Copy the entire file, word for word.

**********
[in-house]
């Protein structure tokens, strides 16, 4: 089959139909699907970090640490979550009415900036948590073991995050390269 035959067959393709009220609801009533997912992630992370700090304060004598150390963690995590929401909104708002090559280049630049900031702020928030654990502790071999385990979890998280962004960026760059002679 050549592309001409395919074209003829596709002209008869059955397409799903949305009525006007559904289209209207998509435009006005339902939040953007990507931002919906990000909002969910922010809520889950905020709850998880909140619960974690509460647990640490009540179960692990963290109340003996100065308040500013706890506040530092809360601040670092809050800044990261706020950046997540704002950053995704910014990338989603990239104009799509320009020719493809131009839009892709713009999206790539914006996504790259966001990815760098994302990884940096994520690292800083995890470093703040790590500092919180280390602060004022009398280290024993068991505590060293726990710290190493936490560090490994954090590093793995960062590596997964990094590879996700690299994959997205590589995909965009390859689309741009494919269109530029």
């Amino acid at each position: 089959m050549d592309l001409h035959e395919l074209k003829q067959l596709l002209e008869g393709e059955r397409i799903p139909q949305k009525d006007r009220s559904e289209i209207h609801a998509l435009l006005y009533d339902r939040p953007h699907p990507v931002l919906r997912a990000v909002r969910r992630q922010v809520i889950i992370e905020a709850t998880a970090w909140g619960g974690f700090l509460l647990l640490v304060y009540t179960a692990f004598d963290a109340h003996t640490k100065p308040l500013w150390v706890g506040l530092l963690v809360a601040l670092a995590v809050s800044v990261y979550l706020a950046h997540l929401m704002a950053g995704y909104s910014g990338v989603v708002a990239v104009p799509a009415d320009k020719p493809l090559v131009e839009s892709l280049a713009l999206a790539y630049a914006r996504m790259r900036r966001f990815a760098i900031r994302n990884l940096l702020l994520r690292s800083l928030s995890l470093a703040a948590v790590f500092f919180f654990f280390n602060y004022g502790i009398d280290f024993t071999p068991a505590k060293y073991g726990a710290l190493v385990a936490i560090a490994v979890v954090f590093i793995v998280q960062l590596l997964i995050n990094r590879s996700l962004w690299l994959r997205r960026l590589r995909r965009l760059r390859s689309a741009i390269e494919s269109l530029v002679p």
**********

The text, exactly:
[in-house]
């Protein structure tokens, strides 16, 4: 089959139909699907970090640490979550009415900036948590073991995050390269 035959067959393709009220609801009533997912992630992370700090304060004598150390963690995590929401909104708002090559280049630049900031702020928030654990502790071999385990979890998280962004960026760059002679 050549592309001409395919074209003829596709002209008869059955397409799903949305009525006007559904289209209207998509435009006005339902939040953007990507931002919906990000909002969910922010809520889950905020709850998880909140619960974690509460647990640490009540179960692990963290109340003996100065308040500013706890506040530092809360601040670092809050800044990261706020950046997540704002950053995704910014990338989603990239104009799509320009020719493809131009839009892709713009999206790539914006996504790259966001990815760098994302990884940096994520690292800083995890470093703040790590500092919180280390602060004022009398280290024993068991505590060293726990710290190493936490560090490994954090590093793995960062590596997964990094590879996700690299994959997205590589995909965009390859689309741009494919269109530029």
């Amino acid at each position: 089959m050549d592309l001409h035959e395919l074209k003829q067959l596709l002209e008869g393709e059955r397409i799903p139909q949305k009525d006007r009220s559904e289209i209207h609801a998509l435009l006005y009533d339902r939040p953007h699907p990507v931002l919906r997912a990000v909002r969910r992630q922010v809520i889950i992370e905020a709850t998880a970090w909140g619960g974690f700090l509460l647990l640490v304060y009540t179960a692990f004598d963290a109340h003996t640490k100065p308040l500013w150390v706890g506040l530092l963690v809360a601040l670092a995590v809050s800044v990261y979550l706020a950046h997540l929401m704002a950053g995704y909104s910014g990338v989603v708002a990239v104009p799509a009415d320009k020719p493809l090559v131009e839009s892709l280049a713009l999206a790539y630049a914006r996504m790259r900036r966001f990815a760098i900031r994302n990884l940096l702020l994520r690292s800083l928030s995890l470093a703040a948590v790590f500092f919180f654990f280390n602060y004022g502790i009398d280290f024993t071999p068991a505590k060293y073991g726990a710290l190493v385990a936490i560090a490994v979890v954090f590093i793995v998280q960062l590596l997964i995050n990094r590879s996700l962004w690299l994959r997205r960026l590589r995909r965009l760059r390859s689309a741009i390269e494919s269109l530029v002679p």